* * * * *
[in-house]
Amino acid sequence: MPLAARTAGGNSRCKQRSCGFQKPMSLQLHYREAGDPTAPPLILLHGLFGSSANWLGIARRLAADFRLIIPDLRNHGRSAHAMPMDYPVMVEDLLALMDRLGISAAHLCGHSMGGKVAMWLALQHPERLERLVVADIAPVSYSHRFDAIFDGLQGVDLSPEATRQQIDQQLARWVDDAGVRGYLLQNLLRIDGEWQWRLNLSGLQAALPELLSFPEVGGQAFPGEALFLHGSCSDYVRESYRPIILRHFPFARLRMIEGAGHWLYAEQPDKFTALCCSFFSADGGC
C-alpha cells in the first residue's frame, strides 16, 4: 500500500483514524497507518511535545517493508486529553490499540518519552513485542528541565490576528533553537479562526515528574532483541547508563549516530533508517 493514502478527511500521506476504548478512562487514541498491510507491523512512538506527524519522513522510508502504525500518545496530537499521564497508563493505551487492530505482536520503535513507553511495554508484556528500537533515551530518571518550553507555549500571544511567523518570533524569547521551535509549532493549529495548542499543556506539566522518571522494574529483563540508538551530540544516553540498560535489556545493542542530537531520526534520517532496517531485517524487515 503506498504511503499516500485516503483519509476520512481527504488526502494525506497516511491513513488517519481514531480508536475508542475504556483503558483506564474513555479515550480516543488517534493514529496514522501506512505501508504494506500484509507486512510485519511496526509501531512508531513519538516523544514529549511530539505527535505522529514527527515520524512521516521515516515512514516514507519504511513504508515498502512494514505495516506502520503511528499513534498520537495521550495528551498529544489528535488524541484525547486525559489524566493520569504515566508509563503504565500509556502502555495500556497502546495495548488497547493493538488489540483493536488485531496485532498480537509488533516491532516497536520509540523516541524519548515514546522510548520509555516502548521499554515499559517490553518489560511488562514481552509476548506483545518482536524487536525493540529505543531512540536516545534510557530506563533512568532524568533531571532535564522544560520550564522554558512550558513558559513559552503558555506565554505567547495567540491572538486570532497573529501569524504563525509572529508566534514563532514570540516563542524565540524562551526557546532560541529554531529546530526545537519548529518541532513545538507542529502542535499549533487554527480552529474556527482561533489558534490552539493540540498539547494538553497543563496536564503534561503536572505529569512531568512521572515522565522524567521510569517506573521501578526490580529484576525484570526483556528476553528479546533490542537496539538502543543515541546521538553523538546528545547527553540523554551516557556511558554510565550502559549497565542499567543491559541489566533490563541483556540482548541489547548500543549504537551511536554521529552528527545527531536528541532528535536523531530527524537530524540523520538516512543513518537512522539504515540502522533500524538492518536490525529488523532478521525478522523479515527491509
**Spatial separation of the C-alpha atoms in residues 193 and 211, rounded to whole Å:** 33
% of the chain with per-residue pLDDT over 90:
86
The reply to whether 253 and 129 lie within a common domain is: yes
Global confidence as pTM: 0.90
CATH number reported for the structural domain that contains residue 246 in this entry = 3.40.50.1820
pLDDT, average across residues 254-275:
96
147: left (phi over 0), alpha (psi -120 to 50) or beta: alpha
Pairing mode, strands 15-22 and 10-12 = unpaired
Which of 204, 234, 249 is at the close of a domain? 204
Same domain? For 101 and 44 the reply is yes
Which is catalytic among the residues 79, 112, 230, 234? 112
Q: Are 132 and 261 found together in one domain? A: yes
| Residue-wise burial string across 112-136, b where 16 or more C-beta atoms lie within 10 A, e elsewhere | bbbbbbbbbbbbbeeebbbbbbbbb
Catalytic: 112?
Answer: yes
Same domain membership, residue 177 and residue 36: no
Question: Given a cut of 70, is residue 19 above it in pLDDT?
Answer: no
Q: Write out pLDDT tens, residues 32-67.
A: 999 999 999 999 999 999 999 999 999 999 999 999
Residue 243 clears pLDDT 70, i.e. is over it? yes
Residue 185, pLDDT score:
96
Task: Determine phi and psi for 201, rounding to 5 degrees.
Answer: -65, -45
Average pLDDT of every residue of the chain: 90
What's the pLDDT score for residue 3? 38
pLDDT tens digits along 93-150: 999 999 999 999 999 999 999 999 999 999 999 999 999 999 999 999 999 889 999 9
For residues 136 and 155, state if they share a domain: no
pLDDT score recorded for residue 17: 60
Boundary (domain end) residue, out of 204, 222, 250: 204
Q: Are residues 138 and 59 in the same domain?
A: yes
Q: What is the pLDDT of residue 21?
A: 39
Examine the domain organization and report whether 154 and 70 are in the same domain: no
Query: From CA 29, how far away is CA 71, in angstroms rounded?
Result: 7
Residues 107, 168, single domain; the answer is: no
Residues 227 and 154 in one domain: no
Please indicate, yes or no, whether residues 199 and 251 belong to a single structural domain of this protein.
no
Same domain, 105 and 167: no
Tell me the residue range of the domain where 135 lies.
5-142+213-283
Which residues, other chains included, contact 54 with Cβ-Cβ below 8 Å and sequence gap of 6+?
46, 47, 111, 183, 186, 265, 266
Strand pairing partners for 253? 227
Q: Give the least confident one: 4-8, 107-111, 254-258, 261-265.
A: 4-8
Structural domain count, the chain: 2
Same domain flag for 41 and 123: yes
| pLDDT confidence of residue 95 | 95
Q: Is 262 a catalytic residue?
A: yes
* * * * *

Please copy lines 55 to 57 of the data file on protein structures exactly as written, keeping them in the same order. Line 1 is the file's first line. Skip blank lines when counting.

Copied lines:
A: 4-8
Structural domain count, the chain: 2
Same domain flag for 41 and 123: yes